Many people ask, "What's the difference between a checklist and a process?" but do not understand that this is more than a dictionary definition. To understand the difference between checklist and processes, you must think in terms of the big picture, the path toward your major goals and the ways in which you are reminded of the smallest steps.
The Big Picture
At the end of your checklist, you will have the endorphin rush of having accomplished something significant. At the end of your process, you will have accomplished something sizable externally -- though there may be no significant emotional reward. The first answer to the question of, "What's the difference between a checklist and a process?" is how you evaluate the big picture. Are you more concerned with feeling as if you have accomplished something, or with having something to show an outside observer that is indicative of having accomplished a given goal? The fact that processes tend to be very long-term and checklists tend to be more short-term means that your emotional states may deceive you.
Checklists: Passive Reminders
From the beginning, one answer to, "What's the difference between a checklist and a process?" is that a checklist tends to be a more passive reminder of what needs to be done. With checklists, you can tick off actions as you undertake and complete them. The main pressure is inside and personal, as you strive to accomplish what you set out to do. It can be easy to get caught up in the passivity of a checklist, as you can easily lose sight of why you are performing each task in the first place. While a checklist may be fine for a day or even a week, many large projects are simply too complicated to stay cohesive amid a checklist. Further, attempting to build a list with enough length and complexity can be frustrating, even demoralizing.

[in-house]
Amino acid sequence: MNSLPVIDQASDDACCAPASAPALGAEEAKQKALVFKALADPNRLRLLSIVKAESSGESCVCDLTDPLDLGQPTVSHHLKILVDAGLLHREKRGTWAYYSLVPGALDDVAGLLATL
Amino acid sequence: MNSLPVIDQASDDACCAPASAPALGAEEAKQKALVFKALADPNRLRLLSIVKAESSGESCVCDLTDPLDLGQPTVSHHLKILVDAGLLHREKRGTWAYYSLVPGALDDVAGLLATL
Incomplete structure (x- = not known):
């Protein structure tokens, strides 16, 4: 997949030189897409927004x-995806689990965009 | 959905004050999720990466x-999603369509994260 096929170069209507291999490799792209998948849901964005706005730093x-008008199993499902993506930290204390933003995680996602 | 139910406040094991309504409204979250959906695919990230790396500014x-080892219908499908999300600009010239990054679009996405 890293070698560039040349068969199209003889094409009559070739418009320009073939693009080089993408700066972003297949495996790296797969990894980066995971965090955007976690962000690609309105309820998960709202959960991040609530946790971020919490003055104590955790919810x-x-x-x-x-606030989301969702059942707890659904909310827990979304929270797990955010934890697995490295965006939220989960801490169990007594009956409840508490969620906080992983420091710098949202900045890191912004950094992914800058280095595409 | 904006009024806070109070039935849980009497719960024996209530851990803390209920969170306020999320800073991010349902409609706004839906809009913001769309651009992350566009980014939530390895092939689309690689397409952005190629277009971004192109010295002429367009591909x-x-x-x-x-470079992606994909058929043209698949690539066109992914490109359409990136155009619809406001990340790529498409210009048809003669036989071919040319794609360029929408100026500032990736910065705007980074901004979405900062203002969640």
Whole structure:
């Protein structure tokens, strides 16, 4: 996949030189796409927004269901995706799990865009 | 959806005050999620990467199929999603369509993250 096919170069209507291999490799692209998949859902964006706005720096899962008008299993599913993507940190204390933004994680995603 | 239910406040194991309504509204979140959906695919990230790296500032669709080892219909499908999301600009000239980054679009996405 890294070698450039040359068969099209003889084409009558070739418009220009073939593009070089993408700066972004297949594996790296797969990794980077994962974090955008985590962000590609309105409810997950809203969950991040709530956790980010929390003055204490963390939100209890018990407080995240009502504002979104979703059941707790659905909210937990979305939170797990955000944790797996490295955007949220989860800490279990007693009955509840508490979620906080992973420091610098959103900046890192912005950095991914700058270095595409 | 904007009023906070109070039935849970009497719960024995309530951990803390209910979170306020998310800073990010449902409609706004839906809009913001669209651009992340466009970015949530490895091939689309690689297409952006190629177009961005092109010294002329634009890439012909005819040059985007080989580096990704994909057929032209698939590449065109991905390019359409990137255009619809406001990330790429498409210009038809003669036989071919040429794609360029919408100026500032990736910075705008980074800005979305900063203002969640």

Processes: Active Reminders
A process is, by definition, a large series of tasks that are for the ultimate goal of reaching a significant accomplishment. Because of this, processes tend to be reminders from the outside that there are sizable stakes. Further, most processes are active reminders of what is to be accomplished at the end, and it is far easier to keep sight of the final goals than with a mere checklist. While checklists are useful, processes tend to be a more active method of keeping on task and keeping each task aligned with the final goal.
What's the difference between a checklist and a process?
Planning and Execution
Both checklists and processes are similar in that both involve planning. The major differences between the two are scope and the probability of effective execution. When your business has a checklist of what needs to be accomplished, numerous different end results can be mixed into the list. This can result in the list becoming muddled. Mixed goals tend to bring about mixed results, and the mixture may not be beneficial overall.
The execution of a checklist is typically shorter and on a smaller scale. A checklist may consist of, "Contact the list of leads," which may take less than a day to accomplish. However, it can become easy to overlook why you need to contact the leads, in what way they should be contacted, or the specific topics to be discussed. If each task is kept in a flow chart of an overall process, however, it is easier to make note of specifics related to each task, as well as where they fit in. There is also more room to coordinate among people performing tasks.